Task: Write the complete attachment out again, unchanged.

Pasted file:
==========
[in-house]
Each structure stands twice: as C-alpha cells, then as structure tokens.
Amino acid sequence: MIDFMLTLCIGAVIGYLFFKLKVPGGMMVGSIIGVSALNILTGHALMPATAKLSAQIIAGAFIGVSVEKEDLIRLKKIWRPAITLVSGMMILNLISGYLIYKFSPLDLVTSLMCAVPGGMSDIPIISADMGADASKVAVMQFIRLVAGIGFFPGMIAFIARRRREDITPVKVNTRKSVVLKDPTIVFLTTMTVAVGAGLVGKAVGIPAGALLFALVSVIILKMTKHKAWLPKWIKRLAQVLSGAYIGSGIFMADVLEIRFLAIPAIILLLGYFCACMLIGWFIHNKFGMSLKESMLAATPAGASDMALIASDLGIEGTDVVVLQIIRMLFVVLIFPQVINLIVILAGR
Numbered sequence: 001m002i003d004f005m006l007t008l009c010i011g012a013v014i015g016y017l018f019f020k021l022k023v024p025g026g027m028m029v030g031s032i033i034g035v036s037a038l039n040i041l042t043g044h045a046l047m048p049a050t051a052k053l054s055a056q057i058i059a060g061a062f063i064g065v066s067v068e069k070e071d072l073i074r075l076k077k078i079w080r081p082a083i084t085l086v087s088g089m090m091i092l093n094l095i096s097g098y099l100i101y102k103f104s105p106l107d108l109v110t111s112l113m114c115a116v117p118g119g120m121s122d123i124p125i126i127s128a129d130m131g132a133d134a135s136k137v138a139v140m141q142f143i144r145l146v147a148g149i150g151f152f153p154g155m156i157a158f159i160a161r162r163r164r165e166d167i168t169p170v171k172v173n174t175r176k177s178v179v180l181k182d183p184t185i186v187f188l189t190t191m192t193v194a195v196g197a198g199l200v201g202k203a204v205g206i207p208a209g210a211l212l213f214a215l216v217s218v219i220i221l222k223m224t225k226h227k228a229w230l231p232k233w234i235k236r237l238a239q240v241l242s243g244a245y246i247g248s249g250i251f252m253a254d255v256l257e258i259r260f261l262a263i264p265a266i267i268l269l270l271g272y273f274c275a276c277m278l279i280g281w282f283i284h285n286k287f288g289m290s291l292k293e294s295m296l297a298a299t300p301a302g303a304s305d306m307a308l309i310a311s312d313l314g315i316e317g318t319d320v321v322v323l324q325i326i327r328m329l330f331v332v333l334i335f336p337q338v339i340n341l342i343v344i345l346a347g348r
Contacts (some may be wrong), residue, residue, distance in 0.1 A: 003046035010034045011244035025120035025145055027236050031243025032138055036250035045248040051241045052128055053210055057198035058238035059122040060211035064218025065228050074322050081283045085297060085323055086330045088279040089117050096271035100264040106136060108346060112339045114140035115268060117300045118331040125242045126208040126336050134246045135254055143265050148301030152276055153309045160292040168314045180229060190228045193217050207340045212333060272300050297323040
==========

[in-house]
Each structure stands twice: as C-alpha cells, then as structure tokens.
Amino acid sequence: MIDFMLTLCIGAVIGYLFFKLKVPGGMMVGSIIGVSALNILTGHALMPATAKLSAQIIAGAFIGVSVEKEDLIRLKKIWRPAITLVSGMMILNLISGYLIYKFSPLDLVTSLMCAVPGGMSDIPIISADMGADASKVAVMQFIRLVAGIGFFPGMIAFIARRRREDITPVKVNTRKSVVLKDPTIVFLTTMTVAVGAGLVGKAVGIPAGALLFALVSVIILKMTKHKAWLPKWIKRLAQVLSGAYIGSGIFMADVLEIRFLAIPAIILLLGYFCACMLIGWFIHNKFGMSLKESMLAATPAGASDMALIASDLGIEGTDVVVLQIIRMLFVVLIFPQVINLIVILAGR
Numbered sequence: 001m002i003d004f005m006l007t008l009c010i011g012a013v014i015g016y017l018f019f020k021l022k023v024p025g026g027m028m029v030g031s032i033i034g035v036s037a038l039n040i041l042t043g044h045a046l047m048p049a050t051a052k053l054s055a056q057i058i059a060g061a062f063i064g065v066s067v068e069k070e071d072l073i074r075l076k077k078i079w080r081p082a083i084t085l086v087s088g089m090m091i092l093n094l095i096s097g098y099l100i101y102k103f104s105p106l107d108l109v110t111s112l113m114c115a116v117p118g119g120m121s122d123i124p125i126i127s128a129d130m131g132a133d134a135s136k137v138a139v140m141q142f143i144r145l146v147a148g149i150g151f152f153p154g155m156i157a158f159i160a161r162r163r164r165e166d167i168t169p170v171k172v173n174t175r176k177s178v179v180l181k182d183p184t185i186v187f188l189t190t191m192t193v194a195v196g197a198g199l200v201g202k203a204v205g206i207p208a209g210a211l212l213f214a215l216v217s218v219i220i221l222k223m224t225k226h227k228a229w230l231p232k233w234i235k236r237l238a239q240v241l242s243g244a245y246i247g248s249g250i251f252m253a254d255v256l257e258i259r260f261l262a263i264p265a266i267i268l269l270l271g272y273f274c275a276c277m278l279i280g281w282f283i284h285n286k287f288g289m290s291l292k293e294s295m296l297a298a299t300p301a302g303a304s305d306m307a308l309i310a311s312d313l314g315i316e317g318t319d320v321v322v323l324q325i326i327r328m329l330f331v332v333l334i335f336p337q338v339i340n341l342i343v344i345l346a347g348r
Contacts (some may be wrong), residue, residue, distance in 0.1 A: 003046035010034045011244035025120035025145055027236050031243025032138055036250035045248040051241045052128055053210055057198035058238035059122040060211035064218025065228050074322050081283045085297060085323055086330045088279040089117050096271035100264040106136060108346060112339045114140035115268060117300045118331040125242045126208040126336050134246045135254055143265050148301030152276055153309045160292040168314045180229060190228045193217050207340045212333060272300050297323040